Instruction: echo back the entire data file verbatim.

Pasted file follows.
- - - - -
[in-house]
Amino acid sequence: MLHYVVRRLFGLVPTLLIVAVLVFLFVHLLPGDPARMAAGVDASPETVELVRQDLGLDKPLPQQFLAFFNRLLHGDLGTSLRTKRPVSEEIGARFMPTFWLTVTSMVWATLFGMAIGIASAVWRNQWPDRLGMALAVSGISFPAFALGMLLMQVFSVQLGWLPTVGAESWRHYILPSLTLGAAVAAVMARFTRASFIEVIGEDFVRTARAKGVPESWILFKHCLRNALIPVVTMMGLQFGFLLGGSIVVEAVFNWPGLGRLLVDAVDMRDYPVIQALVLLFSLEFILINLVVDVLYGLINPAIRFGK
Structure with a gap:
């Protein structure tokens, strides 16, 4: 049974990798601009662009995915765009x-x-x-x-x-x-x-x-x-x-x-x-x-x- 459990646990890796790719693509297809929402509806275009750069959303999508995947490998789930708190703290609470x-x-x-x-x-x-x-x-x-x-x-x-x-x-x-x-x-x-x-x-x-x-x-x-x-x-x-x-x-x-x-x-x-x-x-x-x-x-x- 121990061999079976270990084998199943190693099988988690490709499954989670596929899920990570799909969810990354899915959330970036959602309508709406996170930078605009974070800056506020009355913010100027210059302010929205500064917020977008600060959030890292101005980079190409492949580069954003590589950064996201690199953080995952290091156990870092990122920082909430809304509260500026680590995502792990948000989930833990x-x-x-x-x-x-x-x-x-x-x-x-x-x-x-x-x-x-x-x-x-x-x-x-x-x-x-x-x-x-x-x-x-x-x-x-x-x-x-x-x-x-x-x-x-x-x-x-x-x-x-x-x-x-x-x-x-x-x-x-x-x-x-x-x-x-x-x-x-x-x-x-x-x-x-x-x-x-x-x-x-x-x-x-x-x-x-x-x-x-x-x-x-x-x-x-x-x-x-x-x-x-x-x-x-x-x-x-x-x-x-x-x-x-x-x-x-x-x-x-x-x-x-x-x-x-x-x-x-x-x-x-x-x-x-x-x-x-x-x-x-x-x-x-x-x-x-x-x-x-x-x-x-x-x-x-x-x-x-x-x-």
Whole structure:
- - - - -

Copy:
[in-house]
Amino acid sequence: MLHYVVRRLFGLVPTLLIVAVLVFLFVHLLPGDPARMAAGVDASPETVELVRQDLGLDKPLPQQFLAFFNRLLHGDLGTSLRTKRPVSEEIGARFMPTFWLTVTSMVWATLFGMAIGIASAVWRNQWPDRLGMALAVSGISFPAFALGMLLMQVFSVQLGWLPTVGAESWRHYILPSLTLGAAVAAVMARFTRASFIEVIGEDFVRTARAKGVPESWILFKHCLRNALIPVVTMMGLQFGFLLGGSIVVEAVFNWPGLGRLLVDAVDMRDYPVIQALVLLFSLEFILINLVVDVLYGLINPAIRFGK
Structure with a gap:
């Protein structure tokens, strides 16, 4: 049974990798601009662009995915765009x-x-x-x-x-x-x-x-x-x-x-x-x-x- 459990646990890796790719693509297809929402509806275009750069959303999508995947490998789930708190703290609470x-x-x-x-x-x-x-x-x-x-x-x-x-x-x-x-x-x-x-x-x-x-x-x-x-x-x-x-x-x-x-x-x-x-x-x-x-x-x- 121990061999079976270990084998199943190693099988988690490709499954989670596929899920990570799909969810990354899915959330970036959602309508709406996170930078605009974070800056506020009355913010100027210059302010929205500064917020977008600060959030890292101005980079190409492949580069954003590589950064996201690199953080995952290091156990870092990122920082909430809304509260500026680590995502792990948000989930833990x-x-x-x-x-x-x-x-x-x-x-x-x-x-x-x-x-x-x-x-x-x-x-x-x-x-x-x-x-x-x-x-x-x-x-x-x-x-x-x-x-x-x-x-x-x-x-x-x-x-x-x-x-x-x-x-x-x-x-x-x-x-x-x-x-x-x-x-x-x-x-x-x-x-x-x-x-x-x-x-x-x-x-x-x-x-x-x-x-x-x-x-x-x-x-x-x-x-x-x-x-x-x-x-x-x-x-x-x-x-x-x-x-x-x-x-x-x-x-x-x-x-x-x-x-x-x-x-x-x-x-x-x-x-x-x-x-x-x-x-x-x-x-x-x-x-x-x-x-x-x-x-x-x-x-x-x-x-x-x-x-």
Whole structure: